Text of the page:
SABER The American Graffiti Artist @ Opera Gallery, 15 Spring Street, between Mercer and Greene Streets, New York, NY, 10012
As street cred gains more art world cred, street artists increasingly pop up in the gallery. Opera Gallery presents SABER The American Graffiti Artist effectively displaying his art in “fine art” context. SABER’s works explore compositional text alluding to graffiti while reconfiguring American iconography. SABER transfers graffiti to the canvas, yet he appears to be limiting himself in a series of abstracted American flag paintings.
SABER, born (1976) and bread in Los Angeles suburb, Glendale, affirmed his rank among graffiti aficionados and is considered a graffiti genius. The American Graffiti Artist offers the New York viewer a glimpse into the streets of LA. Textual composition stretches across the canvas as letter interweaves with letter to create an image representative of the word. His print KepRage (Hand Painted, 8/20), depicts dagger-like lines rise from the canvas oblique white yet bold and structural. These prints render strong and controlled highways of lines with minute accent color.
In contrast, the surface of Purple ripped tags (Mixed Media on wood panel, 42 x 42 inches) opens creating a visual depth seeping into the back-ground rather than a canonical pictoral space that pushes outwards to the viewer. The fragmentation of an individual section of surface draws attention to SABER’s skill with a bold color palette. The subject matter rips from the wood panel. Color remains a difference between New York and Los Angeles art. SABER embraces color and appraises it as subject matter.
In 1997, SABER claimed his fame with a foot-field sized graffiti piece sloping over a cement bank in near the Los Angeles River. The piece required over ninety gallons of various paint buckets and over a month to complete. The illegal mural ranked Los Angeles among top graffiti grounds and, in turn, pinpointed a pilgrimage location for enthusiasts.
Later in his career, SABER received mixed press for painting over an official American flag in a released video, which SABER used as propaganda for healthcare reform (October 2010). SABER met purports of misuse of an American icon with a group of abstracted American flag works. SABER’s website writes “Every single graffiti writer is a manic depressive, insecure person, because that’s the only thin that makes you want to go out and write on somebody’s shit.” (sic) The American flag remained an icon that belonged to the entire people of America, which gave a medium outlet to write over everyone’s “shit.”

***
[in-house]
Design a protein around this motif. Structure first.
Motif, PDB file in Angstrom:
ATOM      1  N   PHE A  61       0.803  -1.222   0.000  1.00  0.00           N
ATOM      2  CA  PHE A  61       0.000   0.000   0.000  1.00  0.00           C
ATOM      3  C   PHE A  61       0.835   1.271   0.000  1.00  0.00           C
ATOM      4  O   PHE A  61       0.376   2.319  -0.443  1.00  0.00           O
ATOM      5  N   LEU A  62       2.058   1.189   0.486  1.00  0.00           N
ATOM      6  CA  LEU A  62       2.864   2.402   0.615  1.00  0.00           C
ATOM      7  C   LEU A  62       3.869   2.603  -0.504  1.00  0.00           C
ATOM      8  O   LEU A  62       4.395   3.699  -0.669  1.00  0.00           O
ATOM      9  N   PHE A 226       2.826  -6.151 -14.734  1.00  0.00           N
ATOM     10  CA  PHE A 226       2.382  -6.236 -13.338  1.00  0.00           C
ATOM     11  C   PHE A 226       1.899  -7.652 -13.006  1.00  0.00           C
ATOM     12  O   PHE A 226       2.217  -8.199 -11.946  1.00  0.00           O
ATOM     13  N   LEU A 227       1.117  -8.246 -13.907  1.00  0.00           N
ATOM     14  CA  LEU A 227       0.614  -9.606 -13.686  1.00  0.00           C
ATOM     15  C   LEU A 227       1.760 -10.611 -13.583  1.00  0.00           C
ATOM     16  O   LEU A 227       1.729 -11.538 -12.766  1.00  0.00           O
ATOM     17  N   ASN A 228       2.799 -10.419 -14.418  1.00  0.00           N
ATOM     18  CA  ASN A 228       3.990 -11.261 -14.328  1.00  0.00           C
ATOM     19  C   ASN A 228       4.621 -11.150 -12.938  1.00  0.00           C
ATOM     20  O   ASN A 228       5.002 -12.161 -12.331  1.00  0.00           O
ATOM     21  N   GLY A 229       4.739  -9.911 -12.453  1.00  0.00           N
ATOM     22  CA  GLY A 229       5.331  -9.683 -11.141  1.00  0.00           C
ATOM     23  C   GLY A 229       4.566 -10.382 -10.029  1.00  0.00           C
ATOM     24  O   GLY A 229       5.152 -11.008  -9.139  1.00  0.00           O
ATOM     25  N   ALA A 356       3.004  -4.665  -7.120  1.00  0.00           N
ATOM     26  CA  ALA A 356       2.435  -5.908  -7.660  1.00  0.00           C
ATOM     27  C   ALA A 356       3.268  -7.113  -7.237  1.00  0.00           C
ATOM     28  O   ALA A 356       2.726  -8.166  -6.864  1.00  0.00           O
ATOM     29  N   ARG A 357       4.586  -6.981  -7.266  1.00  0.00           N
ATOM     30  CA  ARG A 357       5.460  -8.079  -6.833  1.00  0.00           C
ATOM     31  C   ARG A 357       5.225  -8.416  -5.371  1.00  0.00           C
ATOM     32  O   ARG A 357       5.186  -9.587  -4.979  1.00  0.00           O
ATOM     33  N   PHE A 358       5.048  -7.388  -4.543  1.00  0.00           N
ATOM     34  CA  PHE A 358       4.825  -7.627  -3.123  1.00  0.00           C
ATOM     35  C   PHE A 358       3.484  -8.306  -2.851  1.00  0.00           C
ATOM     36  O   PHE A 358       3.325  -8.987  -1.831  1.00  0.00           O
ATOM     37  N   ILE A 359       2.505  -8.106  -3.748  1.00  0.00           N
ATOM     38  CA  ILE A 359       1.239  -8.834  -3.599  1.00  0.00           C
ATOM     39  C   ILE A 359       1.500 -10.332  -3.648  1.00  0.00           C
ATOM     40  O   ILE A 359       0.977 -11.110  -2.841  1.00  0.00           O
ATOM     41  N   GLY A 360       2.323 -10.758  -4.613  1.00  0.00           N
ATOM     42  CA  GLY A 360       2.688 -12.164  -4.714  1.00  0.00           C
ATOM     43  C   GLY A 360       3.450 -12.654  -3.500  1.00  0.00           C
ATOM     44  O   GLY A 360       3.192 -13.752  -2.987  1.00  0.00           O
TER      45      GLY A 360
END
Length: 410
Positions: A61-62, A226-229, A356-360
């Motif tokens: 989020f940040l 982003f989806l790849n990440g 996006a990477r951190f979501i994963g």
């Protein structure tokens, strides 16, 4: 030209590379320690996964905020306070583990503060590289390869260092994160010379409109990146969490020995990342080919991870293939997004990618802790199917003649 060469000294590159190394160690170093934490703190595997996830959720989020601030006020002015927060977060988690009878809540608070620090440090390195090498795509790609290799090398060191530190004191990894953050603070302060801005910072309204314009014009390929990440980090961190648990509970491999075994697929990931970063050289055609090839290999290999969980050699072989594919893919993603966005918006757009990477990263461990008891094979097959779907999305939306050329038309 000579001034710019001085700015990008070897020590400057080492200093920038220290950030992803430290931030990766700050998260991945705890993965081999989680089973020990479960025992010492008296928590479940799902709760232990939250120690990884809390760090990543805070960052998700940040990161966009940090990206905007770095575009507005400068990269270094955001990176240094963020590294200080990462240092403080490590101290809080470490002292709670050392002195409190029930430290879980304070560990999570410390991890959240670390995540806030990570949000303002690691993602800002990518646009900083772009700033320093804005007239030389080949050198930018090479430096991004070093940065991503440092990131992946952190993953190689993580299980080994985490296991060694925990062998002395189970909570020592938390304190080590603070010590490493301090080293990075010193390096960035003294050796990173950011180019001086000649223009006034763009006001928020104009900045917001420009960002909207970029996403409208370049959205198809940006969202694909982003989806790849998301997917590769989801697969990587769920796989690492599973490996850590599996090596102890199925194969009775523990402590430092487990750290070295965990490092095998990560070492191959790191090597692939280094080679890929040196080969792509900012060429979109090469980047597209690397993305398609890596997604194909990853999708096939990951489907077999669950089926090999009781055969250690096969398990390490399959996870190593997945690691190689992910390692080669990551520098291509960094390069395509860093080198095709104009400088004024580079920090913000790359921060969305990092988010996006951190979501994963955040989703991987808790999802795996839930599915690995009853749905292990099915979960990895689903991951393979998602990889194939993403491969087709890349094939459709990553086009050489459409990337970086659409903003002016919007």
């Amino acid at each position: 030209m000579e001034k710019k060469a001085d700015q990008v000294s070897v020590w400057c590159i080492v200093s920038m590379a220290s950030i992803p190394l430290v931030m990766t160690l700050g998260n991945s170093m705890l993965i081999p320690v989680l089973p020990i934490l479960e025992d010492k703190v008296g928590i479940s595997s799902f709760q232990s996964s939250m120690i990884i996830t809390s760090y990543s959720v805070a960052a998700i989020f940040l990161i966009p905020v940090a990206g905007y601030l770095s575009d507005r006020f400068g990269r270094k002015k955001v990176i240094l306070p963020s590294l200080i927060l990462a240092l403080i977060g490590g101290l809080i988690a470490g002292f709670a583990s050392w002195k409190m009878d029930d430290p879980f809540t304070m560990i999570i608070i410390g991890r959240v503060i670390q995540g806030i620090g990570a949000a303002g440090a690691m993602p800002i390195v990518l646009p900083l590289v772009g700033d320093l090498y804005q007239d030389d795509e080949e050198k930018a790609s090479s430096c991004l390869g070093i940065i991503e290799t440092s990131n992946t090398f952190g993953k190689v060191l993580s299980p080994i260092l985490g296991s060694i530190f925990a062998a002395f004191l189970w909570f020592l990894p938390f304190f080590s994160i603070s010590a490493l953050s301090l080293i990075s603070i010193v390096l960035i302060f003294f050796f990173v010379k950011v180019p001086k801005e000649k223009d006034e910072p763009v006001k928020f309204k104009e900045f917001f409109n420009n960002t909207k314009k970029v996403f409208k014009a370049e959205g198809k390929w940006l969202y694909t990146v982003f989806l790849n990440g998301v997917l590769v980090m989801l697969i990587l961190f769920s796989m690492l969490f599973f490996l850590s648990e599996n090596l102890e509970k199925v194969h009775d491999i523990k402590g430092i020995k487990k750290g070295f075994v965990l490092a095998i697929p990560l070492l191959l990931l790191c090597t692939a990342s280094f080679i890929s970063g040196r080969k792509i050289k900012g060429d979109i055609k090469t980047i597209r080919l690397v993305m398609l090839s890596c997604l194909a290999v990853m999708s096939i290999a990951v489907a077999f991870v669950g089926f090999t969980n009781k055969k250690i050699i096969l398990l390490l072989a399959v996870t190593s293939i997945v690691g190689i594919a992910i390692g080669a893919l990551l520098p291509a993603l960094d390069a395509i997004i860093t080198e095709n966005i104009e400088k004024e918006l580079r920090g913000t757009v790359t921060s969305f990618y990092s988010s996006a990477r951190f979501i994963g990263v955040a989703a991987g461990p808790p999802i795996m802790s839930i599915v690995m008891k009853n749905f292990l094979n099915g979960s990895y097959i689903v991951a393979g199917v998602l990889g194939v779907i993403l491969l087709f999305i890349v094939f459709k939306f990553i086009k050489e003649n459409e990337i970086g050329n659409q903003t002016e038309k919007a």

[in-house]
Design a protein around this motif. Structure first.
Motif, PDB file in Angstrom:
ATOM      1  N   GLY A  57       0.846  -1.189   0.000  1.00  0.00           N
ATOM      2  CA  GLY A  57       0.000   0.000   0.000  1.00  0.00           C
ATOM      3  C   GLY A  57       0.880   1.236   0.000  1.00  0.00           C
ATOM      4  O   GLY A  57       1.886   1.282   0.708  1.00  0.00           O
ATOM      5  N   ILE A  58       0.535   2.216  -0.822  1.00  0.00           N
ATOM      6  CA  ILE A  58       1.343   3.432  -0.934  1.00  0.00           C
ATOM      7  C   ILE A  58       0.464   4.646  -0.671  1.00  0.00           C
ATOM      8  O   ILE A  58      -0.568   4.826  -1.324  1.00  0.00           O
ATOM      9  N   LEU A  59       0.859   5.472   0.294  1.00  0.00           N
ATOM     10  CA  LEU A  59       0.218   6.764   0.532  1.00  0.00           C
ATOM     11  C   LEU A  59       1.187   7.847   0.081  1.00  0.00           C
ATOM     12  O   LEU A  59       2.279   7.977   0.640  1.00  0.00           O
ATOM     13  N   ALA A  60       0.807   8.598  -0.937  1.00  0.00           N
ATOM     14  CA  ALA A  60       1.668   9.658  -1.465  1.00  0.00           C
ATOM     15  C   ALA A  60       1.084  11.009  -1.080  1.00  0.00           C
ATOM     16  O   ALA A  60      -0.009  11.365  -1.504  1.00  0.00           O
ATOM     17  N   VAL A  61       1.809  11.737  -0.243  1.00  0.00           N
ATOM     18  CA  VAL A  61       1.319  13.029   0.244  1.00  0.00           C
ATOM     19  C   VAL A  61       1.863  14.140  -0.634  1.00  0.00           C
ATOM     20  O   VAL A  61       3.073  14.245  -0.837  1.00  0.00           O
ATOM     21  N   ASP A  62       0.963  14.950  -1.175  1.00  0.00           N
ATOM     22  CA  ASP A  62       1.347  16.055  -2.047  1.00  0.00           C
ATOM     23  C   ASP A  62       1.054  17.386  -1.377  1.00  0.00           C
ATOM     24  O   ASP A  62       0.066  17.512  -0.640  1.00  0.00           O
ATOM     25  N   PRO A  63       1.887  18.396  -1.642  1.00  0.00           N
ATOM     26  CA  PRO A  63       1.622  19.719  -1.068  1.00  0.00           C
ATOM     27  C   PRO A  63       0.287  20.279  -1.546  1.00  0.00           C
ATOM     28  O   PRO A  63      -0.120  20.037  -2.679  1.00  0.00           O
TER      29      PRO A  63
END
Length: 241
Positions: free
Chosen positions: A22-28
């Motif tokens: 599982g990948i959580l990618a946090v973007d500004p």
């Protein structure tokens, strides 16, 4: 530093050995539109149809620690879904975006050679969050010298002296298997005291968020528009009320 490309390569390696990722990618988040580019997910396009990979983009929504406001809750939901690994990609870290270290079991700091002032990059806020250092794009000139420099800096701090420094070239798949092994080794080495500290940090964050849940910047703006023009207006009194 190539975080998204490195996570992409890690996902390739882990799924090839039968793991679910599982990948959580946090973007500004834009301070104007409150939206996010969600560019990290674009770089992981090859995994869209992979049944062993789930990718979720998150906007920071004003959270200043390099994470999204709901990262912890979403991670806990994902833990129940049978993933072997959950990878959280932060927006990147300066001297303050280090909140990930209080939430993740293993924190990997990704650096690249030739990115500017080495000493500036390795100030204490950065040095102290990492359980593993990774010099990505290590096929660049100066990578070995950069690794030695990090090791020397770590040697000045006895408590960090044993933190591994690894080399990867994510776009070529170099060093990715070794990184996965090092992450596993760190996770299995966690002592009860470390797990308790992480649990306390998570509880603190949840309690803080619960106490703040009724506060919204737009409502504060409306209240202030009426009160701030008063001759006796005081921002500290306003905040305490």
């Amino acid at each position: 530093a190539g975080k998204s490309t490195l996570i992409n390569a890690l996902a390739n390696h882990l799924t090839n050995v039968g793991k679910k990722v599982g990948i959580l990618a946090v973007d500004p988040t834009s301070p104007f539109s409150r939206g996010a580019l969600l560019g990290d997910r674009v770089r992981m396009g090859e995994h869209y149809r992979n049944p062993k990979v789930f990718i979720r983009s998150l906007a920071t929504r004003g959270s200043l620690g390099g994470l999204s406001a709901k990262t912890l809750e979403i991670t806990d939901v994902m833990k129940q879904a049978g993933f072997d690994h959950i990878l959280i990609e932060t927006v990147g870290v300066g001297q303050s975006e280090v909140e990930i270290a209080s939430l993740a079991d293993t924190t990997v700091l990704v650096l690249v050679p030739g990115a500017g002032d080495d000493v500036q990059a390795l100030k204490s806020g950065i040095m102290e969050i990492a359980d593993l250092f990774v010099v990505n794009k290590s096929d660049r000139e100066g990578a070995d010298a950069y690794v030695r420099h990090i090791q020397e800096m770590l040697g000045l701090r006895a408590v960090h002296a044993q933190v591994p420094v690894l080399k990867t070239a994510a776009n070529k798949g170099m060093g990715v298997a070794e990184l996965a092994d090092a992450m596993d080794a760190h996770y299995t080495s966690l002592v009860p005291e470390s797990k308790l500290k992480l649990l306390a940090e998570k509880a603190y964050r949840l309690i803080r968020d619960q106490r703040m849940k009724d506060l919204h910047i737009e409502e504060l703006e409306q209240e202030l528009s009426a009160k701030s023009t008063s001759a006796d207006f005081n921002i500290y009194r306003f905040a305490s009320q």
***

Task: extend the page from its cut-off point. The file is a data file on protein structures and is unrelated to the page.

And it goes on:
In the series Tarnished, SABER repeats the image of the American flag over wood panel inflicting shattered technique from ripped tags and formal composition from his drawn works. Buffed (Mixed Media on wood panel, 48 x 72 inches) acts as a self-glorifying tribute to his aforementioned graffiti mantra. Here, I refrain to applaud SABER too loudly because the series falls flat compared to his prior performance video. Although in accords with his oeuvre, the series demonstrates a mature preservation of his accrued artistic acumen and further investigation of gallery work. Graffiti centers around repetitive motif. Think of the use of the tag name, perfected and written over countless facades. Therefore, SABER’s series should be viewed as a serious development to his style.
SABER’s most successful pieces remain his internal experimentation of geometric sculptural compositions without realistic subject matter because these works illuminate precision without compromising subject matter. His flags appease the general public as subversive, expected, works from a “graffiti artist,” yet the series appears as spectral allusion to an exact moment in SABER’s historical trajectory. Unfortunately, Tarnished renders a dichotomy of personal achievement and external misinterpretation—any failure rests on the audience’s lack of vision, not SABER.